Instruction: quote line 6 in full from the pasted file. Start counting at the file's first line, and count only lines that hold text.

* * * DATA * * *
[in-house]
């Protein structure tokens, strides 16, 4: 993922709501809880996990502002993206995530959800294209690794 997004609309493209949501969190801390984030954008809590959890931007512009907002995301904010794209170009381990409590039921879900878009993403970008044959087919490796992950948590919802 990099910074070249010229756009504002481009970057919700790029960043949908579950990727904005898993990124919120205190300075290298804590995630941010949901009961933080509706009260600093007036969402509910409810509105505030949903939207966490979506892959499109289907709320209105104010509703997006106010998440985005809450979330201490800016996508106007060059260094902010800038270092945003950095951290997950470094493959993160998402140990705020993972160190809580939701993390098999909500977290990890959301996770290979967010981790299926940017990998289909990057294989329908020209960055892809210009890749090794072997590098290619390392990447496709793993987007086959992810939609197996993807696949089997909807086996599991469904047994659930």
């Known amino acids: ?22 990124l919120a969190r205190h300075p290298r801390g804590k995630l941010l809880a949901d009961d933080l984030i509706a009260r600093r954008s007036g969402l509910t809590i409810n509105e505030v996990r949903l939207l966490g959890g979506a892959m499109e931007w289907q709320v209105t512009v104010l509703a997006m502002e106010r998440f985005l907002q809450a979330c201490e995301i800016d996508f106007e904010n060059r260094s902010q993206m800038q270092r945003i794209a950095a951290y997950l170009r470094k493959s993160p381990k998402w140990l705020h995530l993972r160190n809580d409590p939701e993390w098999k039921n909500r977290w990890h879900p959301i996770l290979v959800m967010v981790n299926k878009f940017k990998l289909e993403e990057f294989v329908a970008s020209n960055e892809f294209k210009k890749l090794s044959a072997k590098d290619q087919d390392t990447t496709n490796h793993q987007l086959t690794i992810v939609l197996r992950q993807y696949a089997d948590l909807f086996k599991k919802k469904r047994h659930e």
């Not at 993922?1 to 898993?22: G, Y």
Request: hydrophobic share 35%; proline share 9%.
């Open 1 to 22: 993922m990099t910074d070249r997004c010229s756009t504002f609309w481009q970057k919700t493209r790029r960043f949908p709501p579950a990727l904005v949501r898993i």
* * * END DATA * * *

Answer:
């Open 1 to 22: 993922m990099t910074d070249r997004c010229s756009t504002f609309w481009q970057k919700t493209r790029r960043f949908p709501p579950a990727l904005v949501r898993i």